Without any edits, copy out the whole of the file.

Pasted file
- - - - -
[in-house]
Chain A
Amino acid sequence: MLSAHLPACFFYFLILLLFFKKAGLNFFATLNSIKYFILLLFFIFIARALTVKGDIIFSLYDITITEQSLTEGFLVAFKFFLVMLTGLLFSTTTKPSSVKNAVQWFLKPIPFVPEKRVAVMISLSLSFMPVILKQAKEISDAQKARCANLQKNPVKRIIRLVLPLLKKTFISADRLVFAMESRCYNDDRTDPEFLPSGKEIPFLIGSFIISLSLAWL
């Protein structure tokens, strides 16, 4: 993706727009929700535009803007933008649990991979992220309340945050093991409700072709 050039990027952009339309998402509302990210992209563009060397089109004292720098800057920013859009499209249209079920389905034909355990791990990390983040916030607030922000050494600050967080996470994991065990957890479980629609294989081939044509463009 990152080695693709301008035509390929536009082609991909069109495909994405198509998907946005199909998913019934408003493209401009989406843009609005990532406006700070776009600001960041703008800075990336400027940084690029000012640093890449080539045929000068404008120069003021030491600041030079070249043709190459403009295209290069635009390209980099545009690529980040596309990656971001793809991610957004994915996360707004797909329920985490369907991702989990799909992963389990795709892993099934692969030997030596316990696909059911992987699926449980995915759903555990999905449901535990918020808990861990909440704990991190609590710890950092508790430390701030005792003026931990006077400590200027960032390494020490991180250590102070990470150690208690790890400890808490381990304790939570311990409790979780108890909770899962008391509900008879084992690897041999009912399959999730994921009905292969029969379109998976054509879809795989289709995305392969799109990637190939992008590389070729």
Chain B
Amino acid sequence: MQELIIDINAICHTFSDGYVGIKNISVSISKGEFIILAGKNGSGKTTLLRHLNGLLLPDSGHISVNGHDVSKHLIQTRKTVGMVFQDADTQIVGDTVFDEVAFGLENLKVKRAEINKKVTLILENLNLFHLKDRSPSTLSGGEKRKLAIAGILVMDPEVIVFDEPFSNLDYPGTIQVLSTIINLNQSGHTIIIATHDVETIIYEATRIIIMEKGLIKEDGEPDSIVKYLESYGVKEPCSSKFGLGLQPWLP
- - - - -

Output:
[in-house]
Chain A
Amino acid sequence: MLSAHLPACFFYFLILLLFFKKAGLNFFATLNSIKYFILLLFFIFIARALTVKGDIIFSLYDITITEQSLTEGFLVAFKFFLVMLTGLLFSTTTKPSSVKNAVQWFLKPIPFVPEKRVAVMISLSLSFMPVILKQAKEISDAQKARCANLQKNPVKRIIRLVLPLLKKTFISADRLVFAMESRCYNDDRTDPEFLPSGKEIPFLIGSFIISLSLAWL
């Protein structure tokens, strides 16, 4: 993706727009929700535009803007933008649990991979992220309340945050093991409700072709 050039990027952009339309998402509302990210992209563009060397089109004292720098800057920013859009499209249209079920389905034909355990791990990390983040916030607030922000050494600050967080996470994991065990957890479980629609294989081939044509463009 990152080695693709301008035509390929536009082609991909069109495909994405198509998907946005199909998913019934408003493209401009989406843009609005990532406006700070776009600001960041703008800075990336400027940084690029000012640093890449080539045929000068404008120069003021030491600041030079070249043709190459403009295209290069635009390209980099545009690529980040596309990656971001793809991610957004994915996360707004797909329920985490369907991702989990799909992963389990795709892993099934692969030997030596316990696909059911992987699926449980995915759903555990999905449901535990918020808990861990909440704990991190609590710890950092508790430390701030005792003026931990006077400590200027960032390494020490991180250590102070990470150690208690790890400890808490381990304790939570311990409790979780108890909770899962008391509900008879084992690897041999009912399959999730994921009905292969029969379109998976054509879809795989289709995305392969799109990637190939992008590389070729």
Chain B
Amino acid sequence: MQELIIDINAICHTFSDGYVGIKNISVSISKGEFIILAGKNGSGKTTLLRHLNGLLLPDSGHISVNGHDVSKHLIQTRKTVGMVFQDADTQIVGDTVFDEVAFGLENLKVKRAEINKKVTLILENLNLFHLKDRSPSTLSGGEKRKLAIAGILVMDPEVIVFDEPFSNLDYPGTIQVLSTIINLNQSGHTIIIATHDVETIIYEATRIIIMEKGLIKEDGEPDSIVKYLESYGVKEPCSSKFGLGLQPWLP